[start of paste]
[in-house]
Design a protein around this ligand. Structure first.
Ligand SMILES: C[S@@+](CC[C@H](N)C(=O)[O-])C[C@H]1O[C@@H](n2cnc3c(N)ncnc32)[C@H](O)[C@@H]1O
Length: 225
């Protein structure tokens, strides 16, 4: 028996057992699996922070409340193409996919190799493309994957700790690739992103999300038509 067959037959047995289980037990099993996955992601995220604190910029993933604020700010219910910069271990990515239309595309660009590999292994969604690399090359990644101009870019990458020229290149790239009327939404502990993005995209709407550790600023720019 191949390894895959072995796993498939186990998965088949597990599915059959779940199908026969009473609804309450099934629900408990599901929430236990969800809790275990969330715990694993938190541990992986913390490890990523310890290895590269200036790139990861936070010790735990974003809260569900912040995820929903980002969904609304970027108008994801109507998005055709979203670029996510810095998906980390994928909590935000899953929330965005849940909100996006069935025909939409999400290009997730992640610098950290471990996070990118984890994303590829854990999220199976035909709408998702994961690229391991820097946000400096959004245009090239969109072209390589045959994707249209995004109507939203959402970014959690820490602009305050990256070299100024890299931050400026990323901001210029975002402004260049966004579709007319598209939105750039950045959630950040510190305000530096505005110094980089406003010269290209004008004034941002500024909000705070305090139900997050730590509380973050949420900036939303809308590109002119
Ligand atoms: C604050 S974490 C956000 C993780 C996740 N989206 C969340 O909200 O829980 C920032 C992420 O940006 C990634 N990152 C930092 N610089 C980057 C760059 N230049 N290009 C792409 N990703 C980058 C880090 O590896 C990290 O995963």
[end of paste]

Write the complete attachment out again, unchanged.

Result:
[in-house]
Design a protein around this ligand. Structure first.
Ligand SMILES: C[S@@+](CC[C@H](N)C(=O)[O-])C[C@H]1O[C@@H](n2cnc3c(N)ncnc32)[C@H](O)[C@@H]1O
Length: 225
């Protein structure tokens, strides 16, 4: 028996057992699996922070409340193409996919190799493309994957700790690739992103999300038509 067959037959047995289980037990099993996955992601995220604190910029993933604020700010219910910069271990990515239309595309660009590999292994969604690399090359990644101009870019990458020229290149790239009327939404502990993005995209709407550790600023720019 191949390894895959072995796993498939186990998965088949597990599915059959779940199908026969009473609804309450099934629900408990599901929430236990969800809790275990969330715990694993938190541990992986913390490890990523310890290895590269200036790139990861936070010790735990974003809260569900912040995820929903980002969904609304970027108008994801109507998005055709979203670029996510810095998906980390994928909590935000899953929330965005849940909100996006069935025909939409999400290009997730992640610098950290471990996070990118984890994303590829854990999220199976035909709408998702994961690229391991820097946000400096959004245009090239969109072209390589045959994707249209995004109507939203959402970014959690820490602009305050990256070299100024890299931050400026990323901001210029975002402004260049966004579709007319598209939105750039950045959630950040510190305000530096505005110094980089406003010269290209004008004034941002500024909000705070305090139900997050730590509380973050949420900036939303809308590109002119
Ligand atoms: C604050 S974490 C956000 C993780 C996740 N989206 C969340 O909200 O829980 C920032 C992420 O940006 C990634 N990152 C930092 N610089 C980057 C760059 N230049 N290009 C792409 N990703 C980058 C880090 O590896 C990290 O995963």